Spain’s debt deficit to rise above forecasts
Spain’s public debt and deficit are set to rise well above previous forecasts amid the country’s financial woes, the government said yesterday as it submitted an austerity budget to parliament.
Budget Minister Cristobal Montoro told a press conference that debt is predicted to reach 85.3per cent of GDP in 2012 and 90.5 per cent in 2013.
The deficit meanwhile has been revised upwards to 9.44 per cent of GDP from a previous 8.9 per cent and is predicted to hit 7.4 per cent instead of 6.3 per cent this year.
The budget approved by Prime Minister Marian Rajoy’s right-wing cabinet last Thursday tightens austerity in the teeth of growing protests, easing the path to a widely expected sovereign bailout.
“The budget must act as a leverto overcome the crisis andrestore confidence in Spain,”Montoro said.
“It must open the way to growth and job creation in the country,” which has the largest unemployment rate in the industrialised world, at 24.6 per cent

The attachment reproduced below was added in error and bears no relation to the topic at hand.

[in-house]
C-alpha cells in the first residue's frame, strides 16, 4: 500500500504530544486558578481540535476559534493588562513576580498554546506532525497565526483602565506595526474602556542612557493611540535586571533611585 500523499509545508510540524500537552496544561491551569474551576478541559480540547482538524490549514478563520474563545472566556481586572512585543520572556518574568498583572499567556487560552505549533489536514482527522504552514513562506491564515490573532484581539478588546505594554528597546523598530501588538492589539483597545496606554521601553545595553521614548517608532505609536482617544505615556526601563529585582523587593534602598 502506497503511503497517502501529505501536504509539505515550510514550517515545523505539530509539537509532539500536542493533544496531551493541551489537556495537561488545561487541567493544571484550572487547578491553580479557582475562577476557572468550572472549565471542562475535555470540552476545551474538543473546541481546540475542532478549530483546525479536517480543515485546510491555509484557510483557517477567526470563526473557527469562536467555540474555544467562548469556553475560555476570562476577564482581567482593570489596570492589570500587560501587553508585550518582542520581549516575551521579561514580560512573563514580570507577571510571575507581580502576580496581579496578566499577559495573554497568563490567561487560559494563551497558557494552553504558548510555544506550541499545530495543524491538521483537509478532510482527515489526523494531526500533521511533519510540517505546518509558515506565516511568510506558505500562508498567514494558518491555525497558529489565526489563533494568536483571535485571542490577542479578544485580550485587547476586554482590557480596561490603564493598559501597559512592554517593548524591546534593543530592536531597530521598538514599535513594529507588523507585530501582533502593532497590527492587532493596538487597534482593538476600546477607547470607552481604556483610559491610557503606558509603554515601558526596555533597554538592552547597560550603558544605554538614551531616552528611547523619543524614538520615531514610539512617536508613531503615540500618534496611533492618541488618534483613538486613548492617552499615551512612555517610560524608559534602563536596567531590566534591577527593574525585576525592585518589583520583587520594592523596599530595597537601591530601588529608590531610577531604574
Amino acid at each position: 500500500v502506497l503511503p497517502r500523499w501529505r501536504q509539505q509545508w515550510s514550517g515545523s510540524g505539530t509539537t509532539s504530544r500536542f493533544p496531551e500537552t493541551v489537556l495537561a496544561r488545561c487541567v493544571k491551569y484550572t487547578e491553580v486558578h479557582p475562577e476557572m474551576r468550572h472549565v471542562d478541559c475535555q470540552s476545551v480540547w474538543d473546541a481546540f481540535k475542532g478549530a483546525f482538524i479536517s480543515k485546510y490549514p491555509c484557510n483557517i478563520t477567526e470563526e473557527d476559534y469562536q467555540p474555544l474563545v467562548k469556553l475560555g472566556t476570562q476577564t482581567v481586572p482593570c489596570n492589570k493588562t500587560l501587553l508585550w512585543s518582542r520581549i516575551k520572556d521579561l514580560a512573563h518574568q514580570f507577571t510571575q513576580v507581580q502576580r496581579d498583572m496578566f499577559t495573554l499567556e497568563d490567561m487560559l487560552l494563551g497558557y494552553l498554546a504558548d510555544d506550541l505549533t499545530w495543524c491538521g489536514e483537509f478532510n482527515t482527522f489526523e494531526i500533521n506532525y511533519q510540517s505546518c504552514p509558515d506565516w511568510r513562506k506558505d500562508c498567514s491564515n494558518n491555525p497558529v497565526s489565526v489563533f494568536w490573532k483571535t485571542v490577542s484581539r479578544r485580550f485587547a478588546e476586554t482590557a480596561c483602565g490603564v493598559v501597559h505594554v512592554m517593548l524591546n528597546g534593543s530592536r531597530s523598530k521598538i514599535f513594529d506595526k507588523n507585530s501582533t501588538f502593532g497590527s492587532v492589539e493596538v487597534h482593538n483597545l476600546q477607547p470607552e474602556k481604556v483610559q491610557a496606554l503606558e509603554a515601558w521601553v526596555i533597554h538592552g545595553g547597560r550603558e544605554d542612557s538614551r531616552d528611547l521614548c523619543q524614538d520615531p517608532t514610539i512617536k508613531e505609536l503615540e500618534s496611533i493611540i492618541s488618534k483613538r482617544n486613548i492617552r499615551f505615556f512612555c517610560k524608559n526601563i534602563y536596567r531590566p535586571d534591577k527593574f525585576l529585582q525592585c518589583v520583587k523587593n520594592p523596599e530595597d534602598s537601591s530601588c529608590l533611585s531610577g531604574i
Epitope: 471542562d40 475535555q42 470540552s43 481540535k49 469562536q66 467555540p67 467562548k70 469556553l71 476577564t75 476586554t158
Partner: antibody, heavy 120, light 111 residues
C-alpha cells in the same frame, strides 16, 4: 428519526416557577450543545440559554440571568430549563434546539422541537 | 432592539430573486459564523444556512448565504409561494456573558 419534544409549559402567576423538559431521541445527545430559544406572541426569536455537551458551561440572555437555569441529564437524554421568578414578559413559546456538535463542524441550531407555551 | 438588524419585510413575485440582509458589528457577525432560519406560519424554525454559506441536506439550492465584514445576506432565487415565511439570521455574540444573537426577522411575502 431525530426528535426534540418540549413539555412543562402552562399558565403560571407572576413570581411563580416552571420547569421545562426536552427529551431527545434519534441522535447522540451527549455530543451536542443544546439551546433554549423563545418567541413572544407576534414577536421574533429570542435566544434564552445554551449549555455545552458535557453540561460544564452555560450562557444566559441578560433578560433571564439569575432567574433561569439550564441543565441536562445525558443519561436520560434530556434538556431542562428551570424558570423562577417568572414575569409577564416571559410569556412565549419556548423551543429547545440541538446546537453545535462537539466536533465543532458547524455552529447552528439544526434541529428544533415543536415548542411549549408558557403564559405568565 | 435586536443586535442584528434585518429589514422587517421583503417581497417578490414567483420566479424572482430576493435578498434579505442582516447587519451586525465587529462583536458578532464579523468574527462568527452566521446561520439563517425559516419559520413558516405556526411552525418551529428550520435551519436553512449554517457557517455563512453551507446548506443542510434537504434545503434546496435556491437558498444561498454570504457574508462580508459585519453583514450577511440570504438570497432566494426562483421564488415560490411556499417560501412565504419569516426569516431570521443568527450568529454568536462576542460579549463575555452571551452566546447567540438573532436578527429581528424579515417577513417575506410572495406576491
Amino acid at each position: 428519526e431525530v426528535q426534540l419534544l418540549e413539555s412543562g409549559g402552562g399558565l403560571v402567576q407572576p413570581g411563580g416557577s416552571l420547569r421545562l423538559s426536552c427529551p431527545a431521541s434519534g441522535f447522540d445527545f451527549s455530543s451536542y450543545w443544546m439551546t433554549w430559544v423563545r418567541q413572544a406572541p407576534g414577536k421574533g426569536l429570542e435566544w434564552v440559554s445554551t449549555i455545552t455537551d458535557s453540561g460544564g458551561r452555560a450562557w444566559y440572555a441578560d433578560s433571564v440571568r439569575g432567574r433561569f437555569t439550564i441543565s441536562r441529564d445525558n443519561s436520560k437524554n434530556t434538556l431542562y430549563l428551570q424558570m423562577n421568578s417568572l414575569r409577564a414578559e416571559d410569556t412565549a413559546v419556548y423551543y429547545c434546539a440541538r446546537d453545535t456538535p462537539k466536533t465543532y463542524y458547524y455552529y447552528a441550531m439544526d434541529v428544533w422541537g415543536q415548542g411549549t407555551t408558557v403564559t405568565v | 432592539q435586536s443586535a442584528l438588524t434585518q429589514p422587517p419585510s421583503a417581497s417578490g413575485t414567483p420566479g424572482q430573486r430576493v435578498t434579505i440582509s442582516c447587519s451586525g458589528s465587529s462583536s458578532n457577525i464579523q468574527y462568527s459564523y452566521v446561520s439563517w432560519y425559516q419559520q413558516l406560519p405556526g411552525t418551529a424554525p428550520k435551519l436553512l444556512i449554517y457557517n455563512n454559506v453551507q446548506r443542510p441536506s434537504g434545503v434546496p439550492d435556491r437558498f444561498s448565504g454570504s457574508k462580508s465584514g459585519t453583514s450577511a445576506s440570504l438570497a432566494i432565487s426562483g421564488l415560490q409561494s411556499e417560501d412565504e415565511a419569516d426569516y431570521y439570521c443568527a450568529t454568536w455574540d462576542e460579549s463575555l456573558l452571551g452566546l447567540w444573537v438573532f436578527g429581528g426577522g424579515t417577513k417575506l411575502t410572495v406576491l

Montoro said the deficit rise is due to state aid to Spain’s fragile banks, reeling from bad debts caused by the bursting of a property bubble in 2008.
But Montoro added that Madrid expected this aid to be repaid, and the final figure for 2012 to return to 6.3 per cent of GDP, as promised to the EU. The 2011 figure means Spain has missed its original deficit target of 6.0 per cent by an even wider margin, damaging its credibility with the markets.
The cash-strapped government estimates total funding requirements this year to reach €207.173 billion gross as it struggles to service its debt amid a massive financial crisis.
The budget slashes spending in a bid to save a total of €39 billion,cutting the resources of the different ministries by an average of8.9 per cent.
But the agriculture ministry will see a reduction of 25.4 per cent, the industry ministry 21.3 per cent and education, culture and sports by 17.2 per cent.
Unemployment benefit payouts are budgeted to fall an optimistic 6.3 per cent.
Meanwhile, new demonstrations took place near parliament yesterday, called by the Indignants, a popular movement against a political system that they say deprives ordinary Spaniards of a voice in the crisis.